Mural at library emphasizes the importance of the census

HOUSTON (June 18, 2020) – Unifying. Diverse. Inclusive. Three things that books, libraries and Census 2020 have in common.

Harris County Judge Lina Hidalgo debuted the fourth of five Yes! to Census 2020 murals on June 23, 2020 at High Meadows Library located at 4500 Aldine Mail Rte. Rd, Houston, TX 77039.

Commissioners Adrian Garcia, Rodney Ellis, and Representative Armando Walle were on site to provide important updates regarding census self-response and why completing the census is so important to secure federal funding for accurate representation and improved resources that are vital to creating vibrant, informed, and progressive communities.

The Aldine mural, like its predecessors, is a visual representation of the urgent need for more citizens to complete their census questionnaire prior to the October 31, 2020 deadline. The design is a “picture-perfect postcard” view of the neighborhood with the caption, “Greetings from Aldine!” The mural was conceptualized and installed by local artist Colors Oner 713. The mural’s location at High Meadows Library has a special significance and deeper relationship to the goal of a complete count with a 100% response rate. Not only is federal funding for libraries determined by the census, but as Census 2020 is the first to be conducted primarily online, libraries remove barriers to census completion by providing a place where citizens who do not have home access to internet services can go to respond to the questionnaire. To that effect, Harris County Library Director Edward Melton will announce that the library will kick off a Yes! to Census 2020 initiative through October 31, 2020, which will include:

_ Census-themed screen savers in English and Spanish uploaded to every computer in all participating Harris County libraries

_ A computer dedicated as a “Census Station” with the website on display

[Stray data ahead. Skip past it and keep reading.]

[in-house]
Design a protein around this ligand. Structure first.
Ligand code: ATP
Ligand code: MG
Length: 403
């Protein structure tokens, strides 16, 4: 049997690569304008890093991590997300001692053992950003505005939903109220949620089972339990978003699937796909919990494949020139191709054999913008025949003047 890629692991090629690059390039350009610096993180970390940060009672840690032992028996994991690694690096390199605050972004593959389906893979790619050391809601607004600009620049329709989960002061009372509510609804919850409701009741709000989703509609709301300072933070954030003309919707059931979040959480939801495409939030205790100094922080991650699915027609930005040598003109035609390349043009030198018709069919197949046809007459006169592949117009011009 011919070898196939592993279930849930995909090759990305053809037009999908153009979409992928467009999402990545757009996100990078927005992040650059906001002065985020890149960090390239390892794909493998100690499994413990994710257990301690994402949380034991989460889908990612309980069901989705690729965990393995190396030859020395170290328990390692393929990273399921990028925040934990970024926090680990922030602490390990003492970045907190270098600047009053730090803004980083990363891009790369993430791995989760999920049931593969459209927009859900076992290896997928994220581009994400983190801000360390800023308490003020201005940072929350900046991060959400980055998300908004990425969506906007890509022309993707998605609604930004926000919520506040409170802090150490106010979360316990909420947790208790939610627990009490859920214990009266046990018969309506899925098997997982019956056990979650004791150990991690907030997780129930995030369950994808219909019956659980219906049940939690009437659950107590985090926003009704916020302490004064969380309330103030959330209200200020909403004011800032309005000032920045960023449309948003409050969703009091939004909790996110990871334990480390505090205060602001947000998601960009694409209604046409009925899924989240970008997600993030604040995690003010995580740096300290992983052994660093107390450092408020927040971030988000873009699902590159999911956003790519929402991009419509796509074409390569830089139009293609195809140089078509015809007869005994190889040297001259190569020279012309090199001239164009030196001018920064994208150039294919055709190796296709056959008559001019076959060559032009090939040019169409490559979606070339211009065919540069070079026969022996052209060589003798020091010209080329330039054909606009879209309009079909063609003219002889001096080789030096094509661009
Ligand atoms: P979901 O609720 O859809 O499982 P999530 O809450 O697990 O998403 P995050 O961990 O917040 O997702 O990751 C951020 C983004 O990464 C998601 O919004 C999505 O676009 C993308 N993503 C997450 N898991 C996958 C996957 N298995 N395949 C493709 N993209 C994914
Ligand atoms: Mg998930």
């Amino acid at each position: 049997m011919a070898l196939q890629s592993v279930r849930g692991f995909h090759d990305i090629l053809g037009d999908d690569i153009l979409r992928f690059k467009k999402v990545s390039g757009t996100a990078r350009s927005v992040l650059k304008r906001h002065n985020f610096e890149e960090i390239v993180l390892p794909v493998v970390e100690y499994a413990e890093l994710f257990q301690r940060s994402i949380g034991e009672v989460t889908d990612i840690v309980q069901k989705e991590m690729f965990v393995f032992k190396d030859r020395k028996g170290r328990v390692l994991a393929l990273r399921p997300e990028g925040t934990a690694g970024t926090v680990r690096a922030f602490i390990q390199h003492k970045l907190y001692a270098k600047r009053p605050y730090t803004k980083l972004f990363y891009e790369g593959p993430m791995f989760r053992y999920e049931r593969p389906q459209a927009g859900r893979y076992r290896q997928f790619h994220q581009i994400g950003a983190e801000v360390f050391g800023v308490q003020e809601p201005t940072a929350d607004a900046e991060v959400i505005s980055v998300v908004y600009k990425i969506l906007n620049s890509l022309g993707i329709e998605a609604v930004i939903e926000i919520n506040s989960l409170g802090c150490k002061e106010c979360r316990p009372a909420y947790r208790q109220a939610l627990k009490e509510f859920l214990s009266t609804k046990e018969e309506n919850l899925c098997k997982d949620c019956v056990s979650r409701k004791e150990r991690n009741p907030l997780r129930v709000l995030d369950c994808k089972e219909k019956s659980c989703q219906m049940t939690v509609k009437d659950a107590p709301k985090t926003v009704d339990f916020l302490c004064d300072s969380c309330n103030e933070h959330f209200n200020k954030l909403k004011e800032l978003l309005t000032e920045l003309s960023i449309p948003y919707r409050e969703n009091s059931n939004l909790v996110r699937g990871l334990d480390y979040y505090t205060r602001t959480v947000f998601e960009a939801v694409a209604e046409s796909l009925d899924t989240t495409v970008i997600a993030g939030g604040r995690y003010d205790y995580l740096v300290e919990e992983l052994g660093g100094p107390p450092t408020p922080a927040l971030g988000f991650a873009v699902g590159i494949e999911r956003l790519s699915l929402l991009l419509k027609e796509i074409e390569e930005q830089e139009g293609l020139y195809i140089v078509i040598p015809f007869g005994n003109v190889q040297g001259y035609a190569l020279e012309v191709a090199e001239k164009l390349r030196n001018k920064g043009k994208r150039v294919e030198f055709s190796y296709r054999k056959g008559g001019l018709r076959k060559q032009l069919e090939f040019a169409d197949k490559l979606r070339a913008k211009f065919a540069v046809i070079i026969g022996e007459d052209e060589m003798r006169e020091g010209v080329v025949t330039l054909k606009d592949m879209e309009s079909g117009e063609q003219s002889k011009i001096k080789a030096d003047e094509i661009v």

_ Census messaging shared on all Harris County library social media platforms and websites

_ New library card applicants will be given a verbal call-to-action to complete the census

“This is the first US census conducted primarily online. Public libraries serve as access points to ensure an equitable and accurate count by providing hard to count populations with free public WiFi and computers to complete the online census form. Harris County Public Library looks forward to partnering with the community to achieve a complete count,” states Edward Melton, Library Director, Harris County Public Library.

In pre-identified undercounted communities, UP Art Studios identified local artists and partnered with community residents to create vibrant murals that reflect each area’s unique character, ethnicities, needs, and dreams, to deliver the Yes! to Census 2020 message. The fifth and final mural will be released at the South Central Houston’s S.H.A.P.E Community Center by artist Israel McCloud in July.

The Yes! to Census 2020 campaign aims to educate Houston and Harris County residents that the census is important, urgent, safe, and easy to complete. Local trusted voices and hyperlocal influencers unify Houston and Harris County residents by amplifying and encouraging participation among multicultural and potentially undercounted populations. A website with Census 2020 resources, information and events can be found at